Faced with dwindling populations and economic decline, the cities of the American north faced a choice in the years after World War II: either wipe the slate clean and start over, or find a way to reuse the structures that defined their industrial heyday. Labyrinth and The Princeton University School of Architecture invite you to a conversation about the ways in which two entities, one machine, one human, played critical roles in this process or reinvention: the bulldozer and the artist.
Although the decades following World War II stand out as an era of rapid growth and construction in the United States, those years were equally significant for large-scale destruction. In order to clear space for new suburban tract housing, an ambitious system of interstate highways, and extensive urban renewal development, wrecking companies demolished buildings while earthmoving contractors leveled land at an unprecedented pace and scale. In postwar America, many came to equate this destruction with progress. The bulldozer functioned as both the means and the metaphor for this work. As the machine transformed from a wartime weapon into an instrument of postwar planning, it helped realize a landscape-altering “culture of clearance.”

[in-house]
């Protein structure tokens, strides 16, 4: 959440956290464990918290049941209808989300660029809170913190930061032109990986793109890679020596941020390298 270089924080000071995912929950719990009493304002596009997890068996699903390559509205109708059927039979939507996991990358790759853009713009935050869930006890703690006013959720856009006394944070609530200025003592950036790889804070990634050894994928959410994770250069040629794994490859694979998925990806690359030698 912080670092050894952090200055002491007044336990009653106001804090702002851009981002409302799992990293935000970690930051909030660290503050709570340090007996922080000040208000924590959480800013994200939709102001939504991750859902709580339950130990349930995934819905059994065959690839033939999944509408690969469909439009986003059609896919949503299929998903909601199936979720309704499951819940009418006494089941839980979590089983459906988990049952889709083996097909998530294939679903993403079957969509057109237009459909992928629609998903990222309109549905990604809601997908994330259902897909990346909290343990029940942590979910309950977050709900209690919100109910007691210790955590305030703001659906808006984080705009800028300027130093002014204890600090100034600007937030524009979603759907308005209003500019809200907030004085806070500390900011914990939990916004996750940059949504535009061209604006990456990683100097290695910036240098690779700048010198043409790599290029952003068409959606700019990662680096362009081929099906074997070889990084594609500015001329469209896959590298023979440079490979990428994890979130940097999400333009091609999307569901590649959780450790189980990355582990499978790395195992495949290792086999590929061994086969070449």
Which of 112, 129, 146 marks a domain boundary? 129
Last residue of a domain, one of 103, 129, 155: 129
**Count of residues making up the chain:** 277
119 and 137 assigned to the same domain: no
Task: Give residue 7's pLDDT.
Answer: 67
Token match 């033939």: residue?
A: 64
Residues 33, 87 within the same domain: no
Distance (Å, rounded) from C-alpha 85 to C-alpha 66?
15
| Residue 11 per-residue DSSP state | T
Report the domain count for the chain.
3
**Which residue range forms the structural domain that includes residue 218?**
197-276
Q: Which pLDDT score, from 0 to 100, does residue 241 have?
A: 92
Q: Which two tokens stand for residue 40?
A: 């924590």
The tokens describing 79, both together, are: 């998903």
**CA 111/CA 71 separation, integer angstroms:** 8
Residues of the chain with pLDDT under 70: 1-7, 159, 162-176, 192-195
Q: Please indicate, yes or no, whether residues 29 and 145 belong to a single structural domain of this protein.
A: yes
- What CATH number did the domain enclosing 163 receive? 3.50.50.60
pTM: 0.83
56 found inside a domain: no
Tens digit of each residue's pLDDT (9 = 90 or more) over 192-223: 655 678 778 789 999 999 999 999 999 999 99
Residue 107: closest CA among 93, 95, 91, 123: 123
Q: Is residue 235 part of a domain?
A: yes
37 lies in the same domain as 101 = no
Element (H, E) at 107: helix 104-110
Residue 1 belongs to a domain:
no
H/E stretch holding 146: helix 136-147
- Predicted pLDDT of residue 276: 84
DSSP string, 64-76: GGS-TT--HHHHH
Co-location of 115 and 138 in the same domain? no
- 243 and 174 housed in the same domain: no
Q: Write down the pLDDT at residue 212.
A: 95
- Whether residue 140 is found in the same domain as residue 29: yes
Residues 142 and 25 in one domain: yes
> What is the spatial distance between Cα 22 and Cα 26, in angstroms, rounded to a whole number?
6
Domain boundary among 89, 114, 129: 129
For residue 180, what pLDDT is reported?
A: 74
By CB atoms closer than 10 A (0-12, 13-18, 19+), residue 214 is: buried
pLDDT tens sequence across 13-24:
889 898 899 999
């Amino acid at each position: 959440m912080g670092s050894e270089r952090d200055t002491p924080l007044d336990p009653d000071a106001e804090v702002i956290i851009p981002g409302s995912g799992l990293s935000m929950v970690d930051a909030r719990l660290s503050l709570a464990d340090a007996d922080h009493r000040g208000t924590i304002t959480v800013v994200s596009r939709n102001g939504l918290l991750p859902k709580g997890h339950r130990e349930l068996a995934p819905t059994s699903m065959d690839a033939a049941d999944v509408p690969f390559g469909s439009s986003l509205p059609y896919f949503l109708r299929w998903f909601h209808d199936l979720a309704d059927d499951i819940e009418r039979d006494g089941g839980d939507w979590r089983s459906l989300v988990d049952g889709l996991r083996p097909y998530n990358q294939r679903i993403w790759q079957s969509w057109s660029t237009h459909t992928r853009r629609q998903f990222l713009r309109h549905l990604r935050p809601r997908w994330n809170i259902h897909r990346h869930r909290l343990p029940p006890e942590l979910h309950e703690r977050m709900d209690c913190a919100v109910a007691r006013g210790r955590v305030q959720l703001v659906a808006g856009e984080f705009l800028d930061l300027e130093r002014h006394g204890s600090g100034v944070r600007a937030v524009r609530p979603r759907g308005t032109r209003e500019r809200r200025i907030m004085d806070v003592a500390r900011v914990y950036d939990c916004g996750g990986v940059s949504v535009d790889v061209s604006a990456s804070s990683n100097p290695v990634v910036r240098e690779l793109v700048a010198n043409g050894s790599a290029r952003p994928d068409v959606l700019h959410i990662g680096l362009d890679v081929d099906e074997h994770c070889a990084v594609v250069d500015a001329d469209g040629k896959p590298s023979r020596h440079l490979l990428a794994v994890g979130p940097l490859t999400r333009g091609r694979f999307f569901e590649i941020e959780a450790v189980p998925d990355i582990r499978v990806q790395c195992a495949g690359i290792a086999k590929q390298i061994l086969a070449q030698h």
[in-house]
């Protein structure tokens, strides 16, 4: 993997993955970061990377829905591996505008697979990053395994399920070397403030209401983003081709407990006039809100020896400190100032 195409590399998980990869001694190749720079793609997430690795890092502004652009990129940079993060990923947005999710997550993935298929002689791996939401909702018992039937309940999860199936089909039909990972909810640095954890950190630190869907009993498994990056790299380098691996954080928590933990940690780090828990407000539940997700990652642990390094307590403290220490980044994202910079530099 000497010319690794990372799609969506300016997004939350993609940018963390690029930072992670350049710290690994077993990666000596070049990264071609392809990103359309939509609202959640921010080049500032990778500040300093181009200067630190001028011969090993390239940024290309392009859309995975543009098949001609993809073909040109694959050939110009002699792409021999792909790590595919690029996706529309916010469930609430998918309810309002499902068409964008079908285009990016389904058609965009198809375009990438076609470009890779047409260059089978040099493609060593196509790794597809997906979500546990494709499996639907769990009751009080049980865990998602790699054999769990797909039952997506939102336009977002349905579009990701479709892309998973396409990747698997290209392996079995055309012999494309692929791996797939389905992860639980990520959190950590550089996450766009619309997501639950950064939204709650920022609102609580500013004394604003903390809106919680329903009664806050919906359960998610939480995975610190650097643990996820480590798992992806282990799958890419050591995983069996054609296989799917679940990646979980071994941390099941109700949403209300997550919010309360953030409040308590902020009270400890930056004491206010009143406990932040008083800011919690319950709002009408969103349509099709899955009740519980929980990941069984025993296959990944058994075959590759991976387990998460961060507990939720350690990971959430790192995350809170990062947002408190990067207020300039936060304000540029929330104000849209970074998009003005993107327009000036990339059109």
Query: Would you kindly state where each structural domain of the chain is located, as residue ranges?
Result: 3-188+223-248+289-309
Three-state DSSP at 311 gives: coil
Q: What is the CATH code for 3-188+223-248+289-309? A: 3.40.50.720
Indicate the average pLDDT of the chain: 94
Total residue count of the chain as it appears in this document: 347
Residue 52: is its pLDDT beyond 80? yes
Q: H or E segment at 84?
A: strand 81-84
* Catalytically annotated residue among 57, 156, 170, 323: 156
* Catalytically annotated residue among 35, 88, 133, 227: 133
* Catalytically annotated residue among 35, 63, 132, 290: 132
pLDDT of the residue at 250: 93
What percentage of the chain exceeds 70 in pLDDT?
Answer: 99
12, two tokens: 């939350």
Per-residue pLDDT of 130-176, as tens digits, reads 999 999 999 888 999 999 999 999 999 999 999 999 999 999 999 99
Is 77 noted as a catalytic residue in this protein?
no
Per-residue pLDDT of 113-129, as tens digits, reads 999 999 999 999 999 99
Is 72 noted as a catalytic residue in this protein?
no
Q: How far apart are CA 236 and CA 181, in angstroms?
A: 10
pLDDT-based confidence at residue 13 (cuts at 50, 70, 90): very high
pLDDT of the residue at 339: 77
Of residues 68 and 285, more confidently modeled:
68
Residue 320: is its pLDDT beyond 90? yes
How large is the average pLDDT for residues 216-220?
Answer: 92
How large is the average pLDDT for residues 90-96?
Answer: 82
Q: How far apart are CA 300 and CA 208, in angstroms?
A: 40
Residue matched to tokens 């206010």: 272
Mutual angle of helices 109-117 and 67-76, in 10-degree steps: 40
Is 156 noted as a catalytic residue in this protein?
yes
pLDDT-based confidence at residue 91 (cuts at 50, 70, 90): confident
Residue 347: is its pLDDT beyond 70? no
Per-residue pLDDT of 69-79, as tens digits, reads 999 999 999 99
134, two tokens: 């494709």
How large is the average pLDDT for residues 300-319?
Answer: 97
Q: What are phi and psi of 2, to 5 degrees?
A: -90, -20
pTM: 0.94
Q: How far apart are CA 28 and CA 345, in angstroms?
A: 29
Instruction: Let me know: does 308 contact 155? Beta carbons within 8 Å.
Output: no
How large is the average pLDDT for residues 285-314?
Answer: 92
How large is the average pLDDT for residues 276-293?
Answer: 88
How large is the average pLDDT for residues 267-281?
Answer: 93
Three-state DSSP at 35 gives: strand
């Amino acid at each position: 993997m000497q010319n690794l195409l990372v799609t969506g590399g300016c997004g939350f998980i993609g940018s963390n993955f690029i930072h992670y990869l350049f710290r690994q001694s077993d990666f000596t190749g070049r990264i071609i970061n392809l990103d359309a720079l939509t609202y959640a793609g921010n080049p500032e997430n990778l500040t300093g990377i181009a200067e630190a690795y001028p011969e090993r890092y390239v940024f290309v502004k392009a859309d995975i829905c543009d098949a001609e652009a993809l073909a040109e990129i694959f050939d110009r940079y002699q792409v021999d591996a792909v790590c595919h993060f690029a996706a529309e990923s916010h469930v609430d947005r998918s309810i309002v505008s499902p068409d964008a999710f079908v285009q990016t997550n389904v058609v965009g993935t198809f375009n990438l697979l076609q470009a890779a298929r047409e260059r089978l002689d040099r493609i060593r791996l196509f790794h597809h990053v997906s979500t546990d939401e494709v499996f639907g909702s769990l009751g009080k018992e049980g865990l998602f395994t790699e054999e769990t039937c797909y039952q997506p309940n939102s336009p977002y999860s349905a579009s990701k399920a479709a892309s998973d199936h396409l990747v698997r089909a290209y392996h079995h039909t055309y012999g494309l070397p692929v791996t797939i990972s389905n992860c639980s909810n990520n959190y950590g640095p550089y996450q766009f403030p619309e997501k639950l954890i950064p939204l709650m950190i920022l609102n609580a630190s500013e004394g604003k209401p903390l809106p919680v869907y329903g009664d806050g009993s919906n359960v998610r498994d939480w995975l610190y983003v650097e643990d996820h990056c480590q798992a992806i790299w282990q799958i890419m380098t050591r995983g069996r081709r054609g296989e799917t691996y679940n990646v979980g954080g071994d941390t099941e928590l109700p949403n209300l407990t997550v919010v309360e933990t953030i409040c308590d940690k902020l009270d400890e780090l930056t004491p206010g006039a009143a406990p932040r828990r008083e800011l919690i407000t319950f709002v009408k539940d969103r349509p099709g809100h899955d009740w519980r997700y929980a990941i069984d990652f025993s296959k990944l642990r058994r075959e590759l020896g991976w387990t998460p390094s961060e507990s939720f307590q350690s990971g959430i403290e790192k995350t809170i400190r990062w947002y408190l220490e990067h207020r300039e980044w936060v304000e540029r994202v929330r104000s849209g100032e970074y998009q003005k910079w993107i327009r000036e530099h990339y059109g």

At the same time, American cities entered a new phase when artists looked upon a decaying industrial zone in Lower Manhattan and saw, not blight, but opportunity: cheap rents, lax regulation, and wide open spaces. Thus, SoHo was born. From 1960 to 1980, residents transformed the industrial neighborhood into an artist district, creating the conditions under which it evolved into an upper-income, gentrified area. Introducing the idea—still potent in city planning today—that art could be harnessed to drive municipal prosperity, SoHo was the forerunner of gentrified districts in cities nationwide, spawning the notion of the creative class.
Francesca Russello Ammon is assistant professor of city and regional planning and historic preservation at the University of Pennsylvania. She is the author of Bulldozer: Demolition and Clearance of the Postwar Landscape. Aaron Shkuda is project manager of the Princeton-Mellon Initiative in Architecture, Urbanism, and the Humanities at Princeton University. His new book is The Lofts of SoHo: Gentrification, Art, and Industry in New York, 1950–1980.
Sponsored by the Princeton-Mellon Initiative in Architecture + Urbanism